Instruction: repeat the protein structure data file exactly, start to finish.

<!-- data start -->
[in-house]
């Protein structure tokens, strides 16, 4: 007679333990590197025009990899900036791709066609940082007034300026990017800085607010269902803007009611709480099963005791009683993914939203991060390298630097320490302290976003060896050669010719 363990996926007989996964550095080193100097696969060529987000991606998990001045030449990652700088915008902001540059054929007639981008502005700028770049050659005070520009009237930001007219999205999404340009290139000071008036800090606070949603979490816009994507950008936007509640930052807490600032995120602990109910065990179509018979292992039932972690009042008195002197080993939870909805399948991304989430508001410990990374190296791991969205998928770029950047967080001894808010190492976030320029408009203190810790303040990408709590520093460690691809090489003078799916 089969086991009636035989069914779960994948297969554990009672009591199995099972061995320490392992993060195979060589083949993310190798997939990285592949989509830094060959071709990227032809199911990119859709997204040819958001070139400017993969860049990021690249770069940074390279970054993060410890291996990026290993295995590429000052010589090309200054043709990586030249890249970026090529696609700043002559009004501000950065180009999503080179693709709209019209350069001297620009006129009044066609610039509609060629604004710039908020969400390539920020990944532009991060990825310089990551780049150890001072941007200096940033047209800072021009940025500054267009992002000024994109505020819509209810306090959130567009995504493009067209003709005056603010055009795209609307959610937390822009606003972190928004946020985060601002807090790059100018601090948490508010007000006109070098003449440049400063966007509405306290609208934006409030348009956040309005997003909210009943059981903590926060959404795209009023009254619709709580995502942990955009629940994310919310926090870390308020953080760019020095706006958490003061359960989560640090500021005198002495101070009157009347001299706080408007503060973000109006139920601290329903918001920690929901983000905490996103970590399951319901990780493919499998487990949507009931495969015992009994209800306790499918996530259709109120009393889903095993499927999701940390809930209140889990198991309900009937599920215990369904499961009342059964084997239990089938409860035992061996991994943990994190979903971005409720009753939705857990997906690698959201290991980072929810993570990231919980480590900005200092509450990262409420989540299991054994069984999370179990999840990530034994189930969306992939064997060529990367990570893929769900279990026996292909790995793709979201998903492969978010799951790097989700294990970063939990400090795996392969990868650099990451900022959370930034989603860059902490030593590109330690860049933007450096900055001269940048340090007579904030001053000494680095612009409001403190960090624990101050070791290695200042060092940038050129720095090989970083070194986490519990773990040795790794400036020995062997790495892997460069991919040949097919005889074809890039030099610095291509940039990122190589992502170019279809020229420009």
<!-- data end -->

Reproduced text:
[in-house]
């Protein structure tokens, strides 16, 4: 007679333990590197025009990899900036791709066609940082007034300026990017800085607010269902803007009611709480099963005791009683993914939203991060390298630097320490302290976003060896050669010719 363990996926007989996964550095080193100097696969060529987000991606998990001045030449990652700088915008902001540059054929007639981008502005700028770049050659005070520009009237930001007219999205999404340009290139000071008036800090606070949603979490816009994507950008936007509640930052807490600032995120602990109910065990179509018979292992039932972690009042008195002197080993939870909805399948991304989430508001410990990374190296791991969205998928770029950047967080001894808010190492976030320029408009203190810790303040990408709590520093460690691809090489003078799916 089969086991009636035989069914779960994948297969554990009672009591199995099972061995320490392992993060195979060589083949993310190798997939990285592949989509830094060959071709990227032809199911990119859709997204040819958001070139400017993969860049990021690249770069940074390279970054993060410890291996990026290993295995590429000052010589090309200054043709990586030249890249970026090529696609700043002559009004501000950065180009999503080179693709709209019209350069001297620009006129009044066609610039509609060629604004710039908020969400390539920020990944532009991060990825310089990551780049150890001072941007200096940033047209800072021009940025500054267009992002000024994109505020819509209810306090959130567009995504493009067209003709005056603010055009795209609307959610937390822009606003972190928004946020985060601002807090790059100018601090948490508010007000006109070098003449440049400063966007509405306290609208934006409030348009956040309005997003909210009943059981903590926060959404795209009023009254619709709580995502942990955009629940994310919310926090870390308020953080760019020095706006958490003061359960989560640090500021005198002495101070009157009347001299706080408007503060973000109006139920601290329903918001920690929901983000905490996103970590399951319901990780493919499998487990949507009931495969015992009994209800306790499918996530259709109120009393889903095993499927999701940390809930209140889990198991309900009937599920215990369904499961009342059964084997239990089938409860035992061996991994943990994190979903971005409720009753939705857990997906690698959201290991980072929810993570990231919980480590900005200092509450990262409420989540299991054994069984999370179990999840990530034994189930969306992939064997060529990367990570893929769900279990026996292909790995793709979201998903492969978010799951790097989700294990970063939990400090795996392969990868650099990451900022959370930034989603860059902490030593590109330690860049933007450096900055001269940048340090007579904030001053000494680095612009409001403190960090624990101050070791290695200042060092940038050129720095090989970083070194986490519990773990040795790794400036020995062997790495892997460069991919040949097919005889074809890039030099610095291509940039990122190589992502170019279809020229420009």